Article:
Investigating the molecular chaperone DNAJA2 as an inhibitor of tau aggregate pathology in Alzheimer’s
Alzheimer’s Disease is a progressive and fatal disease that currently afflicts up to 400,000 Canadians over the age of 65. One key observation about this disease is that there is an abnormal “clumping” (aggregation) of specific proteins such as tau. Proteins normally need to keep a certain shape to perform their functions in the cell. Aggregation irreversibly destroys the function of these proteins and may promote negative consequences with regards to the affected cell’s health. Our cells have a large defense system of proteins called chaperones that can recognize incorrectly shaped or aggregating proteins. These chaperones can assist in refolding defective proteins or clearing them from the cell. We have identified a particular chaperone, DNAJA2, that can prevent the aggregation of tau. Moreover, DNAJA2 is found in high levels in the damaged neurons of samples from patients with Alzheimer’s as well as in patients with a higher risk of developing Alzheimer’s. We hypothesize that DNAJA2 may be triggered in patient neurons to surround the aggregates and prevent them from causing more damage. We will perform experiments to see if forcing cells to make more DNAJA2 prevents tau aggregates from hopping into neighbouring cells where they can cause new rounds of aggregation and damage. We will also carry out experiments to see if there are factors in neurons called microRNAs that block DNAJA2 from being made as the disease gets worse, speeding up cell damage and death. Our project will provide an in-depth look at how naturally protective proteins in our cells, such as DNAJA2, might be harnessed as a way to fight Alzheimer’s disease.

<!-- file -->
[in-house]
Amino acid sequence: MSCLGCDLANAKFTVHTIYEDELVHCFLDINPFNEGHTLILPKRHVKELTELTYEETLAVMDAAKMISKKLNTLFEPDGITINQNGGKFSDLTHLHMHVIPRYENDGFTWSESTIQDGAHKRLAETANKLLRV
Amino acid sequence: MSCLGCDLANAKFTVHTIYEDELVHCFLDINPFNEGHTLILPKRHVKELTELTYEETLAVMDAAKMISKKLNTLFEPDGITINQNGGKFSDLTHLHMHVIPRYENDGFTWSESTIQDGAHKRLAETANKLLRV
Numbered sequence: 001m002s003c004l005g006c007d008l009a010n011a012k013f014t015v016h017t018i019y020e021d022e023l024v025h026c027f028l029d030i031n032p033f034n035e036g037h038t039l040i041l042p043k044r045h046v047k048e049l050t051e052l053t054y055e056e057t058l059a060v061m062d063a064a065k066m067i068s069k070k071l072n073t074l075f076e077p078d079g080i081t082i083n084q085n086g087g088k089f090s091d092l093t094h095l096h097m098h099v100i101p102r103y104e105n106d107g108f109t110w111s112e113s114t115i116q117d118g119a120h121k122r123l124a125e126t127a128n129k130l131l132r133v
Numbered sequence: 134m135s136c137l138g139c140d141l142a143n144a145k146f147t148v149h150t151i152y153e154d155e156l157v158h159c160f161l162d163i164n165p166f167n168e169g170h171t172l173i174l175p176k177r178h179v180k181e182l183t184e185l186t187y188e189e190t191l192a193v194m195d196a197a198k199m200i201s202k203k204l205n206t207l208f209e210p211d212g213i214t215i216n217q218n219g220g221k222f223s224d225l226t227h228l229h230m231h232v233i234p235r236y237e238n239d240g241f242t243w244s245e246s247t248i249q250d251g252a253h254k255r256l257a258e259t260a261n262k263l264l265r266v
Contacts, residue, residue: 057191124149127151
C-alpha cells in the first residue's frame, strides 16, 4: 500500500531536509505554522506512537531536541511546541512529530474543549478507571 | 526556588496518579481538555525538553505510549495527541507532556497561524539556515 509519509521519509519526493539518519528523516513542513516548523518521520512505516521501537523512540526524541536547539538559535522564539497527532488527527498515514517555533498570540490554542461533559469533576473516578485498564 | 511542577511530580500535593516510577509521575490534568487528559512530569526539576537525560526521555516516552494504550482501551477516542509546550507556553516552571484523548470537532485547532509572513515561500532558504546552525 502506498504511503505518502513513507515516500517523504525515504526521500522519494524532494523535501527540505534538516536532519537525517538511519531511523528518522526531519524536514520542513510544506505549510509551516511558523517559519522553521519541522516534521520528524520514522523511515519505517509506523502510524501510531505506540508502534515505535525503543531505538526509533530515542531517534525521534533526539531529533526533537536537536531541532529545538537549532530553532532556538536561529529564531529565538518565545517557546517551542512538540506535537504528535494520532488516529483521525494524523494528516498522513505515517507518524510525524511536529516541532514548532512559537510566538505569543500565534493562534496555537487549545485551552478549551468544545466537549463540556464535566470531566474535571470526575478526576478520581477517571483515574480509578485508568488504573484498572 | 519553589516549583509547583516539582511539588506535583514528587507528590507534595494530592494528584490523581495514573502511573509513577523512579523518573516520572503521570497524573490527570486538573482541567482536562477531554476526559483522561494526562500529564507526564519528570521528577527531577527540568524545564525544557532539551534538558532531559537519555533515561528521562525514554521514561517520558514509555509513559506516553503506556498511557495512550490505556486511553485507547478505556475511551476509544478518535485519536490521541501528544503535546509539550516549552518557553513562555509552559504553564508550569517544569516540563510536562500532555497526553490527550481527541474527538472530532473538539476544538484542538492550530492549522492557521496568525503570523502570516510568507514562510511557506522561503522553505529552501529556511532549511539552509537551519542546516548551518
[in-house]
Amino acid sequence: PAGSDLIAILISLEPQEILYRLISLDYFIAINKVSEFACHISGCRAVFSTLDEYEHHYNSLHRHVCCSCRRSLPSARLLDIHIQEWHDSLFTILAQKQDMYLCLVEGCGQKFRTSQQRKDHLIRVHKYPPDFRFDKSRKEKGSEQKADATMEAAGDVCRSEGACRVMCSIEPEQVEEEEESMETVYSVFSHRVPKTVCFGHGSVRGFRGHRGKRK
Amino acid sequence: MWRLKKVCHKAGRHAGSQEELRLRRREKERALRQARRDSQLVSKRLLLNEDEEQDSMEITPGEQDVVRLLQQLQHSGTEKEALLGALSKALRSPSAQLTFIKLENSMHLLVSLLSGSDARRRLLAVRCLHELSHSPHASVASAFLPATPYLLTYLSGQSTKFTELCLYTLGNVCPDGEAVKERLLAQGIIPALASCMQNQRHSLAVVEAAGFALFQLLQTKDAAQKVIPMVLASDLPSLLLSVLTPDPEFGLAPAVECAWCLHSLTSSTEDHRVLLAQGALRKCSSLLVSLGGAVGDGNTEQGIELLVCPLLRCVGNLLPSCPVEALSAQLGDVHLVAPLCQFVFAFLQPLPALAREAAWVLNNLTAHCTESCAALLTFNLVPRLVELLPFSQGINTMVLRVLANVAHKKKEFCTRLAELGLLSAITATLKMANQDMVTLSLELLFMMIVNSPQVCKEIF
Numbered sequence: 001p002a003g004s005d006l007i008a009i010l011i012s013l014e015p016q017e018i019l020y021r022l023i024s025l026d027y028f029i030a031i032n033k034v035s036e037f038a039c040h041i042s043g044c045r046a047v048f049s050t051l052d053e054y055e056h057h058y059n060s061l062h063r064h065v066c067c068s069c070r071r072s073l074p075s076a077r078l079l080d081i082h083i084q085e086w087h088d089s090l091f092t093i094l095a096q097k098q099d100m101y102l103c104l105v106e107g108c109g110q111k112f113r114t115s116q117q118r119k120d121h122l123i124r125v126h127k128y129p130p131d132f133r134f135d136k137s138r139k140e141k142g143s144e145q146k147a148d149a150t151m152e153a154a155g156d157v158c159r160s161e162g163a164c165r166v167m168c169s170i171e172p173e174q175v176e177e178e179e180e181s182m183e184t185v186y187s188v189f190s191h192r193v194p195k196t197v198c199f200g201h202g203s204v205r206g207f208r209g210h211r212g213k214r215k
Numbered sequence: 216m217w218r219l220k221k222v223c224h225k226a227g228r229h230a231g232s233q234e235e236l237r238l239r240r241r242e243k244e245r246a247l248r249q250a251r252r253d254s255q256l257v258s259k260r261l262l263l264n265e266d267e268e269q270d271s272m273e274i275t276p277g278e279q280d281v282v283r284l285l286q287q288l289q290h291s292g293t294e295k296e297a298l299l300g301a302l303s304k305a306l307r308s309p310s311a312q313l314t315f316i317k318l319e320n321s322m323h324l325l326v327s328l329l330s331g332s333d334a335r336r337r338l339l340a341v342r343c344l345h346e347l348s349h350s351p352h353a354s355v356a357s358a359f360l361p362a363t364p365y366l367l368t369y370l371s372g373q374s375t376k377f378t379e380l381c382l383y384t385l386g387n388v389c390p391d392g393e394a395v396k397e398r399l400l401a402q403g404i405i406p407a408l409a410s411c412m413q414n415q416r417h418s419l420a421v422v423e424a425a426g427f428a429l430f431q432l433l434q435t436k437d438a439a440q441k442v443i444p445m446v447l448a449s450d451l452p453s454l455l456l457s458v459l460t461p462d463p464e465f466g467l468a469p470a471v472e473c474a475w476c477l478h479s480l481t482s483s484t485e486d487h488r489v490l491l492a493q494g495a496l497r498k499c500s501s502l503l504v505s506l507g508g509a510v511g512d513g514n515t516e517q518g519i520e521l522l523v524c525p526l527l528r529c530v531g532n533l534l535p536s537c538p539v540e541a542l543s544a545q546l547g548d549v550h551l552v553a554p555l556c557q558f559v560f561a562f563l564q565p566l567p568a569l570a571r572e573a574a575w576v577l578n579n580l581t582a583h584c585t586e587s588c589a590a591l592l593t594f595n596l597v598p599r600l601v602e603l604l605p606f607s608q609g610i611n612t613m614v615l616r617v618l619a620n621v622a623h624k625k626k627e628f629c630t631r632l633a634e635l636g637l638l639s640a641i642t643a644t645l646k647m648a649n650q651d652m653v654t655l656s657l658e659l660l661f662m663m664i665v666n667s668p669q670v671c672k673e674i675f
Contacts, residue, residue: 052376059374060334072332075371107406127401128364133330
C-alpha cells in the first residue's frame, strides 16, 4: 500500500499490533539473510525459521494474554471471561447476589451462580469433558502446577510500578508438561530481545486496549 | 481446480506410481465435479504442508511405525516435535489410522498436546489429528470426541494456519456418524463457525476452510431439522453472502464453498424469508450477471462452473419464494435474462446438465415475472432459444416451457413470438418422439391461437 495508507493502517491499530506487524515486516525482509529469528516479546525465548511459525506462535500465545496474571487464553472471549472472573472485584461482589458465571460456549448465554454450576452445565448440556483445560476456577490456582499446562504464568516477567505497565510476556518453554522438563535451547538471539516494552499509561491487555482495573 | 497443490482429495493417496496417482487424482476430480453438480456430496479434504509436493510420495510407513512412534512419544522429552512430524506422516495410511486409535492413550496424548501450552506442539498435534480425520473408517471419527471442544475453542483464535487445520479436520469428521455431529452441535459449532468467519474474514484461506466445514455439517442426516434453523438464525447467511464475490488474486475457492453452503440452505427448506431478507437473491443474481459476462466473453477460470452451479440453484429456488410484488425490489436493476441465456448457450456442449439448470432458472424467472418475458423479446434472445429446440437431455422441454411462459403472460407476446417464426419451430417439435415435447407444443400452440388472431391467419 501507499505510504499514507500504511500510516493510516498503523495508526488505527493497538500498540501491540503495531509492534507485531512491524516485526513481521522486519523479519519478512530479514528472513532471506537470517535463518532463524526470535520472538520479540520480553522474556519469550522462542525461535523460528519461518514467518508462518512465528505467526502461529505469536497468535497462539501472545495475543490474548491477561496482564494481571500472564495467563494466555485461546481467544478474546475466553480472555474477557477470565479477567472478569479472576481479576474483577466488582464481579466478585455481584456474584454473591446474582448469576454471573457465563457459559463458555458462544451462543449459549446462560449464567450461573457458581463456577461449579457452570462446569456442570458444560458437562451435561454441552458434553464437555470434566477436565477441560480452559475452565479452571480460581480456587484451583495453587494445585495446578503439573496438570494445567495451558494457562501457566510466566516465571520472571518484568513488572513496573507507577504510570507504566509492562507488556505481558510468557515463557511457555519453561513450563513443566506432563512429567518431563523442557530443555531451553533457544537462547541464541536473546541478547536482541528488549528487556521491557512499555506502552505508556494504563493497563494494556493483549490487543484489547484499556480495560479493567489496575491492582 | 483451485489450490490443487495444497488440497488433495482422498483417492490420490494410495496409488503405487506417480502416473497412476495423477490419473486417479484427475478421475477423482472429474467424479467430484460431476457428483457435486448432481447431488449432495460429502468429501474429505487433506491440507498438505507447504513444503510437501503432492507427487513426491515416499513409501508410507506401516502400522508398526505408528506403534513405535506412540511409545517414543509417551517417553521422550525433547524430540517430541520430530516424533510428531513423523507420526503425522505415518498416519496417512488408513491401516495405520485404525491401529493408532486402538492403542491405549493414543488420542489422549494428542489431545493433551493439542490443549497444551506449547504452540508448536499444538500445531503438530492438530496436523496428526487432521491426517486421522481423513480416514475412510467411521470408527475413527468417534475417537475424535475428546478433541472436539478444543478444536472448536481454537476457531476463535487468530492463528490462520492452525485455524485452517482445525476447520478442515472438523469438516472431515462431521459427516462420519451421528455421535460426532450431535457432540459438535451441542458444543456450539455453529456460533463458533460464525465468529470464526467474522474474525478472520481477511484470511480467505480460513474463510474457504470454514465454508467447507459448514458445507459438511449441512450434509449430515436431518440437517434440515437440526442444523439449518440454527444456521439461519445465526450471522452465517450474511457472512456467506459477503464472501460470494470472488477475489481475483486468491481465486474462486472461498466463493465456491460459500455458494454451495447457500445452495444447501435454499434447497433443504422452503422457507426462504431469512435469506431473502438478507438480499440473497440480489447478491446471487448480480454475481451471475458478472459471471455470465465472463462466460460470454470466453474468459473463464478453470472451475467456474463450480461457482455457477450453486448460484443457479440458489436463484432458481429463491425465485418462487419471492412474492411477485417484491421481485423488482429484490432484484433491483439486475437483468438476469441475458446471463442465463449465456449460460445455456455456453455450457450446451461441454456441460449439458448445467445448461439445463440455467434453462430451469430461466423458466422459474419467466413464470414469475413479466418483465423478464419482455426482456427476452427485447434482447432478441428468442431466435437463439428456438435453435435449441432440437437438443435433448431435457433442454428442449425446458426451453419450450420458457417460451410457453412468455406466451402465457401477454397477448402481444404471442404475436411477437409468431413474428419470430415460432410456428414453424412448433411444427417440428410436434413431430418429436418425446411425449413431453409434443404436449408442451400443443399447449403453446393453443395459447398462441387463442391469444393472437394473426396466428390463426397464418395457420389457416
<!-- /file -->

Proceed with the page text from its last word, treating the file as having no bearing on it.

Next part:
Sue-Ann Mok , University of Alberta
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